Approximately one third of strokes are thought to be caused by blood clots which occur at the heart, creating a blockage.
These strokes, which are caused at the heart, are known as Knockout Strokes.
The medical term is Cardiogenic Cerebral Embolism.
Compared to strokes caused by hardening of the arteries,
It is thought that this type of stroke is associated with greater severity and a higher mortality rates.
As far as this condition is concerned, most people are not familiar with it.
Therefore, we are actively promoting the prevention of this type of stroke by raising awareness.
Cerebral infarction occurs when blood clots are formed, blocking the flow of blood in blood vessel.
Here, we have a rare footage of the moment when a blood vessel gets blocked by a blood clot.
The red color seen in this video is the blood which is flowing through the blood vessel.
Each of these pellets are actually red blood cells.
And these shown on the screen are platelets, the cause of blood clots.
When platelets accumulate, a large cluster forms.
This is a blood clot.
The blood clot drifts as it is carried by the blood stream.
From the bottom left, the blood clot is carried along the blood vessel.
And as the artery narrows, it gets blocked.
This blood clot is blocking a blood vessel in the brain. This is a stroke.
The clot itself is created in order to repair damage which is caused by the hardening of the arteries.
Actually, there are situations where the hardening of the arteries advances further, and the blood vessels become narrower. A blood clot like the one shown earlier, would be carried further down the blood vessel, blocking the blood flow and causing a stroke.
The scariest of strokes, resulting from this mechanism,
is termed a cardiogenic cerebral embolism.
Cardiogenic cerebral embolisms are caused by atrial fibrillations, a form of arrhythmia.
Atrial fibrillations are a form of arrhythmia which causes small vibrations within a chamber of the heart.
In a situation in which small vibrations occur, the blood stagnates and easily hardens. Possibly forming blood clots.
If the blood clot formed in that chamber flows out of the heart, and is carried to the brain, a blood vessel in the brain may be blocked causing cerebral infarction.
Here, a blood clot is formed in the heart.
Compared to a blood clot formed in a blood vessel, this type of clot is often much larger. If, somehow, the clot is dislodged and flows into the body.
In the arteries within the brain, these clots can cause blockages within relatively large blood vessels.
So, an extremely wide-scale infarction may occur, a truly terrifying condition.
【Source: The Japan Stroke Association Yasushi Okada】
This is a CT image from an actual patient.
The dark section is quite spread out. This is the necrosis section.
This shows that the blood vessels at the base got blocked, exerting a massive effect.
The condition itself varies and depends on the circumstances, it may be fatal.
Even if the victim survives, there may be serious complications, leaving the individual bed-ridden or requiring extensive assistance.
The mortality rate of stroke is thought to be 5%.
Recently, the chances of survival have increased favorably.
However, with this condition, the mortality rate is much higher with approximately 1 in 7 or 8 patients losing their life.
Of the survivors, more than half require assistance or remain bed-ridden.
Avoiding such a situation is currently, our biggest mission.
Approximately 80-90% of cardiogenic cerebral embolism cases are caused by atrial fibrillation, a form of arrhythmia.
Therefore, identifying this condition at an early stage is the most effective form of prevention.
Measure your pulse.
Since this is a form of arrhythmia, the best place to start would be to measure your pulse.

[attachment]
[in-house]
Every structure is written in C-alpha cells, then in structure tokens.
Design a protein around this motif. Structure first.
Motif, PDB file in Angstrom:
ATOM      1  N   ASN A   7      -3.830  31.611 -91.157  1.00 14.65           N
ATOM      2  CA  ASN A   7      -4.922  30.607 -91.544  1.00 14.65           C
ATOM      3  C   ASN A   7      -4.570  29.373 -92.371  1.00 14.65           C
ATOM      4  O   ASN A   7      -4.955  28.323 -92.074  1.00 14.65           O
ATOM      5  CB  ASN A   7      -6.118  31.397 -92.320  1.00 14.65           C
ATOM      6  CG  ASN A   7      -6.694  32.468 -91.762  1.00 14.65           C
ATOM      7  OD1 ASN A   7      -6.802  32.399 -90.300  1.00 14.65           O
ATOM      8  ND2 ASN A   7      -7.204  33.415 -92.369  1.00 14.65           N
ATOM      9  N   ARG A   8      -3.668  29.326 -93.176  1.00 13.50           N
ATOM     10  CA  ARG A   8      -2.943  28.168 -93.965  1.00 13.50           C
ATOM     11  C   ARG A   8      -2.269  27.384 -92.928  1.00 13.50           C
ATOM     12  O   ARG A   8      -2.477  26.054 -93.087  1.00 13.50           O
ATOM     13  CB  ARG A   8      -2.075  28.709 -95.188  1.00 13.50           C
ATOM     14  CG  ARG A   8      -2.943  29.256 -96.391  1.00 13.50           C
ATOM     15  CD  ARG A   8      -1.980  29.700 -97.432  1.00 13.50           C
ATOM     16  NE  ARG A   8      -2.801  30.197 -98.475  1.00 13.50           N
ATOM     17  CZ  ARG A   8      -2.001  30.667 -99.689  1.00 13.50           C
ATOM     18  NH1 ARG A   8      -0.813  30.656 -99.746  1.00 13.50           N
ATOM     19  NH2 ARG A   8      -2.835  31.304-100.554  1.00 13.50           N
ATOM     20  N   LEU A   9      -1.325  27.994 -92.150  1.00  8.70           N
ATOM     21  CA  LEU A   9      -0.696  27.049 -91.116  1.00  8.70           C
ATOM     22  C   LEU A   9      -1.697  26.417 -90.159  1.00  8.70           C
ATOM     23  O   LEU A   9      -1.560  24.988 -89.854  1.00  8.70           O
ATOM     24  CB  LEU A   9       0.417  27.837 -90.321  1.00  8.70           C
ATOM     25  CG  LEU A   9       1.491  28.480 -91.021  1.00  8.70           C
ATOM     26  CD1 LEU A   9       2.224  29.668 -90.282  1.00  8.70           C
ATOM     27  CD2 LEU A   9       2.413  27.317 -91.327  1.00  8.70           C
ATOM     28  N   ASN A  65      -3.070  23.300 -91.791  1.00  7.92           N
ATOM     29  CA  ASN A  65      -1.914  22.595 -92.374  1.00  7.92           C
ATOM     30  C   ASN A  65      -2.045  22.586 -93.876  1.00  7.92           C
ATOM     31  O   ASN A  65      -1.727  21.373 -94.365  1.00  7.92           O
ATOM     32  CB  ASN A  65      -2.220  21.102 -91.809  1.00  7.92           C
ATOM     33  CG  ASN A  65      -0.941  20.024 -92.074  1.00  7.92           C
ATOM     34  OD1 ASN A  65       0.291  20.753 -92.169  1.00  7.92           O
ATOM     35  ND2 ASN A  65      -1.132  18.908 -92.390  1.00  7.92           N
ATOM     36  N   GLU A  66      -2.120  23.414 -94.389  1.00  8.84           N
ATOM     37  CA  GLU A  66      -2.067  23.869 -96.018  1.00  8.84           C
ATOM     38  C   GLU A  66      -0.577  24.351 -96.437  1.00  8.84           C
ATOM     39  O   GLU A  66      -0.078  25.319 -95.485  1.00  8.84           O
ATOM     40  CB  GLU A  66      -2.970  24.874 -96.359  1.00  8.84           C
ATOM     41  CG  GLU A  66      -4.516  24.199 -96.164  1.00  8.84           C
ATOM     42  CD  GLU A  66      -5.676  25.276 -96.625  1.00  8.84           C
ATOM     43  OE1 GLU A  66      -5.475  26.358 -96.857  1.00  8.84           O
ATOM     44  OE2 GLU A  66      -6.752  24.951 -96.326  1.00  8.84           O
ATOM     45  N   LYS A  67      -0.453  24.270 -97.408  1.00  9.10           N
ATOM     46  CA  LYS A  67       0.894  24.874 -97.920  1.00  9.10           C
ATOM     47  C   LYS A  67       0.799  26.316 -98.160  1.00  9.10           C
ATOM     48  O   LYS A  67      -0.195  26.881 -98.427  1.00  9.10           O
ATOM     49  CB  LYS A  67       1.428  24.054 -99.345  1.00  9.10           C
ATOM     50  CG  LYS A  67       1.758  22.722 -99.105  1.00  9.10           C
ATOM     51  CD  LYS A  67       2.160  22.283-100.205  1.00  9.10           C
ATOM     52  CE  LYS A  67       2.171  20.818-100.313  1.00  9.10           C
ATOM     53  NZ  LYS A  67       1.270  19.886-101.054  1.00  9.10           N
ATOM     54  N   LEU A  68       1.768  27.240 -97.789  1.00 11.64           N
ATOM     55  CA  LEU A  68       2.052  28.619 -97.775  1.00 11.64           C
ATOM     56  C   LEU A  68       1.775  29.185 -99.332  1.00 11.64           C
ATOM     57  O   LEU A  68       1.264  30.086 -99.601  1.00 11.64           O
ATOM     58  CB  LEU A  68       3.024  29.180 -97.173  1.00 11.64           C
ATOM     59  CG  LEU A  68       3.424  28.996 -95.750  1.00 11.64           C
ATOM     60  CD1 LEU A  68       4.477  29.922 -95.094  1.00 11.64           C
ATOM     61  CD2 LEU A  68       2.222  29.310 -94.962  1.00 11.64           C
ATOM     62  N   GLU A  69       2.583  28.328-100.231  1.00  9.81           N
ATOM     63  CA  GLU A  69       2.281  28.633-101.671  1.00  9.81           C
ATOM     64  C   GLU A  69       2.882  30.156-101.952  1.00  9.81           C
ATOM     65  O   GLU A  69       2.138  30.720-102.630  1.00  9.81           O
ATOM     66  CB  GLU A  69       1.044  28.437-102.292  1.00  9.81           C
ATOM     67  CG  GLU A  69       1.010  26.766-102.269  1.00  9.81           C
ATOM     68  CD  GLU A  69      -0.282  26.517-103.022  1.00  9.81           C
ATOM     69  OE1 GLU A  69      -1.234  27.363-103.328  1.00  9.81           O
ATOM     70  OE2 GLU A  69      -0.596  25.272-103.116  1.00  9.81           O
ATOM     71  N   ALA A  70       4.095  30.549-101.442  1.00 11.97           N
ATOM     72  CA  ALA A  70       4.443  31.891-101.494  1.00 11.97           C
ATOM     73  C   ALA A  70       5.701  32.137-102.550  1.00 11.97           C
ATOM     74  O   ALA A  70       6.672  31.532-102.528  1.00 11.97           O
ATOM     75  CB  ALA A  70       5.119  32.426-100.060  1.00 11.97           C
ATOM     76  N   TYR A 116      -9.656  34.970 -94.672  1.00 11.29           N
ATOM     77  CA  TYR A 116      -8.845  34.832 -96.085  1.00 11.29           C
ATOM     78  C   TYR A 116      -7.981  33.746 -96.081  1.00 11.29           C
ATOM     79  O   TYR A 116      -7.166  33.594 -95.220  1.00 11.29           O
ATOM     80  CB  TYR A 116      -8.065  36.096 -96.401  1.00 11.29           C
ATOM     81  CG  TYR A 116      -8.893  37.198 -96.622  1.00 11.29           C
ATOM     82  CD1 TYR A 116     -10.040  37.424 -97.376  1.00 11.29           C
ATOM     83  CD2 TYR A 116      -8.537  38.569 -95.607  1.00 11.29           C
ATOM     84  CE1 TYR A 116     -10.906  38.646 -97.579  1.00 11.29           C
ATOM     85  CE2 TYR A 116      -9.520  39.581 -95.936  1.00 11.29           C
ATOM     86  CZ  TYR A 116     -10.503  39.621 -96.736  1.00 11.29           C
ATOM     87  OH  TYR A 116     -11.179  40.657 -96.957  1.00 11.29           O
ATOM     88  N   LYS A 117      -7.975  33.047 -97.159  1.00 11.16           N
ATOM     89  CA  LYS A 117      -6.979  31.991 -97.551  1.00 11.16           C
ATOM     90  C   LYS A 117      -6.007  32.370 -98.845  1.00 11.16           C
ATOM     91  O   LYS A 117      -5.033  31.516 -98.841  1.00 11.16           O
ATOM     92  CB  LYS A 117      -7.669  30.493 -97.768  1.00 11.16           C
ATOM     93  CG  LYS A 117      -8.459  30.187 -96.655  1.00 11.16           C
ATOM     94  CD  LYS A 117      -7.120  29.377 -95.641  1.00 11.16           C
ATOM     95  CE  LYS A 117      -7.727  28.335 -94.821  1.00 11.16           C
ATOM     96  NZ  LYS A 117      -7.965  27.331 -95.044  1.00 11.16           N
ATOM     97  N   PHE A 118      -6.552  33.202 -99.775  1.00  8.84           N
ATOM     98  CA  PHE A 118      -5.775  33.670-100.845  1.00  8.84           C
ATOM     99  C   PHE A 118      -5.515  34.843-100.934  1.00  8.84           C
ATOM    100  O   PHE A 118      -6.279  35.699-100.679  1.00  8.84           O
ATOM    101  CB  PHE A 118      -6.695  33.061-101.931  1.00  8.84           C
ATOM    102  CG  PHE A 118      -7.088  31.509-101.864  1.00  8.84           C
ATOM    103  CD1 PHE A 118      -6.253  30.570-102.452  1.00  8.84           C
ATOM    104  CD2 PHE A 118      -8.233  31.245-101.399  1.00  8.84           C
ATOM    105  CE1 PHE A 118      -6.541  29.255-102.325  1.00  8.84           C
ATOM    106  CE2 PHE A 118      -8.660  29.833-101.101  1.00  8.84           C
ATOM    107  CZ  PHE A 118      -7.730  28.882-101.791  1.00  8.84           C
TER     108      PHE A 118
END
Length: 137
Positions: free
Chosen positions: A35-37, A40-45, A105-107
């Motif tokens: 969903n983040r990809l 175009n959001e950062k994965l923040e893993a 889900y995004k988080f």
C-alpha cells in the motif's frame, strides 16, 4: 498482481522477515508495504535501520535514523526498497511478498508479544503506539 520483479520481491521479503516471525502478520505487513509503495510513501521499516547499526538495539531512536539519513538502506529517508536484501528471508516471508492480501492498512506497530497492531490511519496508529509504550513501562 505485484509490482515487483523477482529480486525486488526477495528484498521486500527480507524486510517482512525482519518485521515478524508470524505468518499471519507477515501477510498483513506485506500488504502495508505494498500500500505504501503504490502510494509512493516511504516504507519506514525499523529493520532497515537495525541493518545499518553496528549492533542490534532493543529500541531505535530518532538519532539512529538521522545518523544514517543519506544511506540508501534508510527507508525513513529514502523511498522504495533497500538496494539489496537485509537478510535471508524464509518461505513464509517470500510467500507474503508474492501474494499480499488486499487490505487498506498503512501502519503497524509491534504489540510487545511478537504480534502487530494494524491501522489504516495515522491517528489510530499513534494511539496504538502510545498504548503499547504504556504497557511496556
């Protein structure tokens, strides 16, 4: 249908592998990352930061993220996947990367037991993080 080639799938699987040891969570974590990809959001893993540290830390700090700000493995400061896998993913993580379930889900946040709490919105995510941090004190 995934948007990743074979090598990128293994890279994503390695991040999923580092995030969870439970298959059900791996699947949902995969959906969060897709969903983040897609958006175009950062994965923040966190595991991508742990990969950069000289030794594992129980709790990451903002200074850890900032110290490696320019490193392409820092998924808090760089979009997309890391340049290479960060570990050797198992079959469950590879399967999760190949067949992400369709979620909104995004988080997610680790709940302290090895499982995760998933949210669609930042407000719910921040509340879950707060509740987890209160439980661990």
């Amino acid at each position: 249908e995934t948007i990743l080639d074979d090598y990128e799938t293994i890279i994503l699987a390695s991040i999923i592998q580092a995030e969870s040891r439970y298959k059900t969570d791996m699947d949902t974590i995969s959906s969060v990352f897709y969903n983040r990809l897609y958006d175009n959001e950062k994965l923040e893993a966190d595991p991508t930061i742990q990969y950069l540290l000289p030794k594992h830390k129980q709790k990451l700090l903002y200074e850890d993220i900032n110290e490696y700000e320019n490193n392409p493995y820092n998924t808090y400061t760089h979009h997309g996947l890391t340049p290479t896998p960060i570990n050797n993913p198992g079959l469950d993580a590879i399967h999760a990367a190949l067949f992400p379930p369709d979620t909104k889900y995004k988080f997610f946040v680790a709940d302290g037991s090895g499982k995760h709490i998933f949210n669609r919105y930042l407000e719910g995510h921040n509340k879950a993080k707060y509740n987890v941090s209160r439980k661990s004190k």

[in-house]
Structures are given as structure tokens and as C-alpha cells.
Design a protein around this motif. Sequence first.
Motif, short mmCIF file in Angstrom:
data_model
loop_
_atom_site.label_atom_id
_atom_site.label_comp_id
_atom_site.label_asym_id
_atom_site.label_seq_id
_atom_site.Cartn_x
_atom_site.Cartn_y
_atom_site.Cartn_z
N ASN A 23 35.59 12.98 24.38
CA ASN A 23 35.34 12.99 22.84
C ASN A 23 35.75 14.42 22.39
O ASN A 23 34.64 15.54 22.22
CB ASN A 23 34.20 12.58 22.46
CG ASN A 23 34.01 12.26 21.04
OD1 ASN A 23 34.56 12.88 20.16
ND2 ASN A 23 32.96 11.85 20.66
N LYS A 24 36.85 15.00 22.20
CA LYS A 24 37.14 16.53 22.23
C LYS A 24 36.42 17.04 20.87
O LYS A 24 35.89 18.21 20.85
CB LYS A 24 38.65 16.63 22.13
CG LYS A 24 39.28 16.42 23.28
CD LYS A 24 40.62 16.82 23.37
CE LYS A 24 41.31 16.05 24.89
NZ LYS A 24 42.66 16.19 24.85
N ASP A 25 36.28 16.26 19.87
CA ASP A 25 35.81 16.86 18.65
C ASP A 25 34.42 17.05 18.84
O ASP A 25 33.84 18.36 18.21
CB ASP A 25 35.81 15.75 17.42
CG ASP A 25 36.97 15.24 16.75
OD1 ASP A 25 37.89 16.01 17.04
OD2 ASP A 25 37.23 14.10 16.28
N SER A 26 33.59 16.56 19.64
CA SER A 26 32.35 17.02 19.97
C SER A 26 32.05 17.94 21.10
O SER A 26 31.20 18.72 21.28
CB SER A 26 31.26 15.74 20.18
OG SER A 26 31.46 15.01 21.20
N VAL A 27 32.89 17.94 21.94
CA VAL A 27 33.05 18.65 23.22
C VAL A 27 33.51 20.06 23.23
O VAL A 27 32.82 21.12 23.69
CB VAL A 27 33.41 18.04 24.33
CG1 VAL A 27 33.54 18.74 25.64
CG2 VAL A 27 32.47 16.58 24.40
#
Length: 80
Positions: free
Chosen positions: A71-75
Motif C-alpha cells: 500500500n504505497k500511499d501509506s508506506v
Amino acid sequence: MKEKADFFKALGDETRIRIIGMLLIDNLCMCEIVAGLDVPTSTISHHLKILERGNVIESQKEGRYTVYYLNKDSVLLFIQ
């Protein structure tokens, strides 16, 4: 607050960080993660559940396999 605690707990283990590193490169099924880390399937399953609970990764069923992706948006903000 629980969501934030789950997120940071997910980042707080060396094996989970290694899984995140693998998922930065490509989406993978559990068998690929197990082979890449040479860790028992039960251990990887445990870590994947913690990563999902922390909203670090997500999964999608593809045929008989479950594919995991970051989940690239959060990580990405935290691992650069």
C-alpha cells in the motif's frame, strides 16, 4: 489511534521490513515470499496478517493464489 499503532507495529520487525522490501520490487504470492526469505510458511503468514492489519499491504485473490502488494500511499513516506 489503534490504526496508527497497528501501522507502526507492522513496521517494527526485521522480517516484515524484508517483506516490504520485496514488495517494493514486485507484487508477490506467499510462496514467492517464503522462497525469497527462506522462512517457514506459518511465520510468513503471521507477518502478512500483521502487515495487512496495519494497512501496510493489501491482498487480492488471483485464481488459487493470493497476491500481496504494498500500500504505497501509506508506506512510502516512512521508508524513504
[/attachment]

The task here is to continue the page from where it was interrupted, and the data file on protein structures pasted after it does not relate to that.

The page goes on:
The most common method to measure your pulse is at your wrist. Take the palm of your hand, facing upward or toward yourself. And you'll end und up with some wrinkles here. Then close to your thumb.
If locating the pulse is challenging, move your fingers slightly. Put your fingers somewhat perpendicular, that should help to feel your pulse. Measure the pulse for approximately 30 seconds. Feel the rhythm.
Normally, it is a pretty regular thump, thump, thump, thump. I think the speed of the pulse depends on the individual.
In this case, there is no problem.
But in the case of atrial fibrillation, you may get an irregular pulse like thump-thump, thump, thump-thump-thump.
It you felt that your pulse was irregular, you should discuss this with a physician. An ECG examination would tell you.
Also, arrhythmia and atrial fibrillation occasionally disappear. If there are no pulse irregularities, repeat the measurement at a later time. This way, you might detect an irregular pulse.
Which individuals should show extra care when checking such things?
People who have a background of hardened arteries and the elderly are at a higher risk of arrhythmia and atrial fibrillation.
People over 65, those with lifestyle problems and high blood pressure, and those with identifiable symptoms.
A sudden sense of panic. Or shortness of breath after climbing a flight of stairs. Actual chest pains.
These symptoms alone would warrant a visit to the doctor.
If you have such identifiable symptoms, you should be measuring your pulse on a more regular basis.
If this is performed, the chances of finding atrial fibrillation would be much greater.
Other than this, strokes may also be caused by the hardening of arteries.
These are termed lacunar infarction and atherothrombotic infarction.
Characteristically, lacunar infarctions block thin blood vessels, while atherothrombotic infarctions block larger blood vessels.
Depending on the location of the infarction, each stroke may be minor or serious with various symptoms.
The treatment and prevention of stroke continue to advance.
Please take the appropriate measures for the prevention of stroke.
Recently, a method which has received attention is intravascular treatment.
Nowadays, a thrombolytic agent, tissue plasminogen activator (or tPA) is administered intravenously to dissolve the blood clot. A catheter is inserted into the blood vessel in the brain and the device at the tip removes the clot by directly sucking it out.